Referring to CC and Jim Beam corporation consumers are not that concerned about company’s overall image, however introduction of corporate social responsibility and socially responsible marketing could enhance employees’ satisfaction and therefore employee brand equity. B. You have assumed the role of, Brand Manager for Canadian Club. Develop a brand positioning plan to strengthen the Canadian Club brand for the next three years (2014-2017). Suggest a variety of branding strategies that are appropriate for the brand’s identity and target market.
Use current research about the brand and the whiskey industry prior to answering this part of the assignment. Use theory to justify your arguments! Canadian Club whiskey belongs to UK spirits market which was estimated to be worth ? 11. 09 bn. at current prices in 2011 (Keynote, 2012). The UK spirits and liquors market is expected to grow by 16. 4% reaching a value of ? 13. 42bn in 2016. Thus, there is an opportunity for Canadian Club to further increase and strengthen its share of market. Canadian Club whiskey is a prestigious brand owned by Beam Global Spirits & Wine Corporation which is US-based company.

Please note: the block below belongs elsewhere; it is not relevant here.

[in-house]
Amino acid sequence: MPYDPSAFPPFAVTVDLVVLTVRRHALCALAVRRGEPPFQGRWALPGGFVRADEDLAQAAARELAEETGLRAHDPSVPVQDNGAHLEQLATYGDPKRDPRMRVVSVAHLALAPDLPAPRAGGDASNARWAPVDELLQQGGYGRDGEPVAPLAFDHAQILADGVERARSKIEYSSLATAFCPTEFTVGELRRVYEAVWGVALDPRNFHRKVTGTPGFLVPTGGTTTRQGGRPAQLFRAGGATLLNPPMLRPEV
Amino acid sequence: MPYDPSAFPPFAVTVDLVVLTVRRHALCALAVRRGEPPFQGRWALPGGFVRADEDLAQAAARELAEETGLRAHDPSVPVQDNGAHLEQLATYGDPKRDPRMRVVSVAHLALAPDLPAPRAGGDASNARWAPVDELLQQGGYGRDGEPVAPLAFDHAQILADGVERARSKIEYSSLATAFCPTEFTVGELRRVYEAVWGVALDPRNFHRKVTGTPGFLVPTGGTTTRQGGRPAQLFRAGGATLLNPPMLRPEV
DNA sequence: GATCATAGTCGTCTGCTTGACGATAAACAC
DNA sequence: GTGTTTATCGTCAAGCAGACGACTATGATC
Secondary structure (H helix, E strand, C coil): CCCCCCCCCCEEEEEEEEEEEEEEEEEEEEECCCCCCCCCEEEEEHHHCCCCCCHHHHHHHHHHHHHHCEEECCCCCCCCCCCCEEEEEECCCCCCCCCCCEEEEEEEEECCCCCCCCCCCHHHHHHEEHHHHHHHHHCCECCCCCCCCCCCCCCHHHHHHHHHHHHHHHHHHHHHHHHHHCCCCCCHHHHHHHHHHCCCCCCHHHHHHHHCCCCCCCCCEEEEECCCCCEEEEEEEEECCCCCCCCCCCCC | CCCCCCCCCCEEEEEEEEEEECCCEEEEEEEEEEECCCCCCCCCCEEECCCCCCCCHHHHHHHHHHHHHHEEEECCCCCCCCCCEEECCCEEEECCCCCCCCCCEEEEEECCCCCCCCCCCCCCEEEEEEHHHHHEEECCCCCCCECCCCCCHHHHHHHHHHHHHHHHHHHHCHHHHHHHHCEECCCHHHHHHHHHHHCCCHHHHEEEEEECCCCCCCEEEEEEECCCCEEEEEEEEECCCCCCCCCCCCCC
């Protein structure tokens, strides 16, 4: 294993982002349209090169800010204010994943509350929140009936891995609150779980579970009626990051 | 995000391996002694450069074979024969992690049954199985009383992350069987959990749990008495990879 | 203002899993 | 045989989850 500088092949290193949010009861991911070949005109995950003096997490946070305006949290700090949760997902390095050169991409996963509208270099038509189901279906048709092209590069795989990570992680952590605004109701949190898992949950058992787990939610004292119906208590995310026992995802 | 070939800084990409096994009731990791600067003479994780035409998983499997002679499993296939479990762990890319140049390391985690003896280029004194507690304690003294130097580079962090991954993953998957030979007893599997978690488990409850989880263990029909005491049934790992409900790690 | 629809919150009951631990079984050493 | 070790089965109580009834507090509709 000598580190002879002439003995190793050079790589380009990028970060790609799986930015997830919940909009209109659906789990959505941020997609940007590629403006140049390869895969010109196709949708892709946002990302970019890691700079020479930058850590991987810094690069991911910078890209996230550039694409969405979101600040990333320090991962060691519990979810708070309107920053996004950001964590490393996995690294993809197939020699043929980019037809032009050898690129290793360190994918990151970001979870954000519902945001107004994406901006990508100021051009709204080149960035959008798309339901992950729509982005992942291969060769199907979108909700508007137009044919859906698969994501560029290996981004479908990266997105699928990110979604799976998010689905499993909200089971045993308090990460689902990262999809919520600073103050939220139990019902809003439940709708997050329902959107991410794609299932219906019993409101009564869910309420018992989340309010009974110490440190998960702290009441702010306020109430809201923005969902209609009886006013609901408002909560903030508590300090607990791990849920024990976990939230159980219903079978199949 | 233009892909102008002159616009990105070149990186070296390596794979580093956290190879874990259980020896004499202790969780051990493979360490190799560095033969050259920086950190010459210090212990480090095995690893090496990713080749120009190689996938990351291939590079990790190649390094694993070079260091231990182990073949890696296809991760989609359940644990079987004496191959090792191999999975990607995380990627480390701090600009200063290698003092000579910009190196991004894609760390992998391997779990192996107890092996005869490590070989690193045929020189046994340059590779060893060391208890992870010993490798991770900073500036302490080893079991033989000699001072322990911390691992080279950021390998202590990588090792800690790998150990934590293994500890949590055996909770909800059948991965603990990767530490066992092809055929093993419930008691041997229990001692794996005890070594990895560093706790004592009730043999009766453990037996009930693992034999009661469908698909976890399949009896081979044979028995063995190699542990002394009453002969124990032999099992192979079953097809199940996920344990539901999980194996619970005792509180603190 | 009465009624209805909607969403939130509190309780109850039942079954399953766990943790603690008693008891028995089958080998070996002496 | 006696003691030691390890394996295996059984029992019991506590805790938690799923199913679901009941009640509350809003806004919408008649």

It also owns brands such as Jim Beam, Courvoisier and Tequila Sauza. Since 1920s Canadian Club differentiated itself as a high quality, exclusive whisky offering experiential experience for its drinkers. Its current target market is those from legal drinking age to 34, however company is looking forward to strengthen its appeal among younger consumers in order to capture their life-time loyalty (Twiss, 2012). Referring to its main competitors the direct competitors are Diageo’s Johnnie Walker scotch whiskey and Jack Daniels “Tennessee Whiskey”.
Diageo is a leading distiller which currently owns more than 35% of the spirits and liquors market globally and is expanding to emergent markets such as India and Asia (BBC, 2013). It also owns brands such as Smirnoff Vodka and Gordon’s Gin. Furthermore, Scotch whiskey is the leader of whiskey category in UK and worldwide and its exports were worth ? 4. 23bn in 2011 (BBC, 2013). However, there is an increasing trend among younger consumers to choose vodka and other “white” spirits to mix them in their cocktails.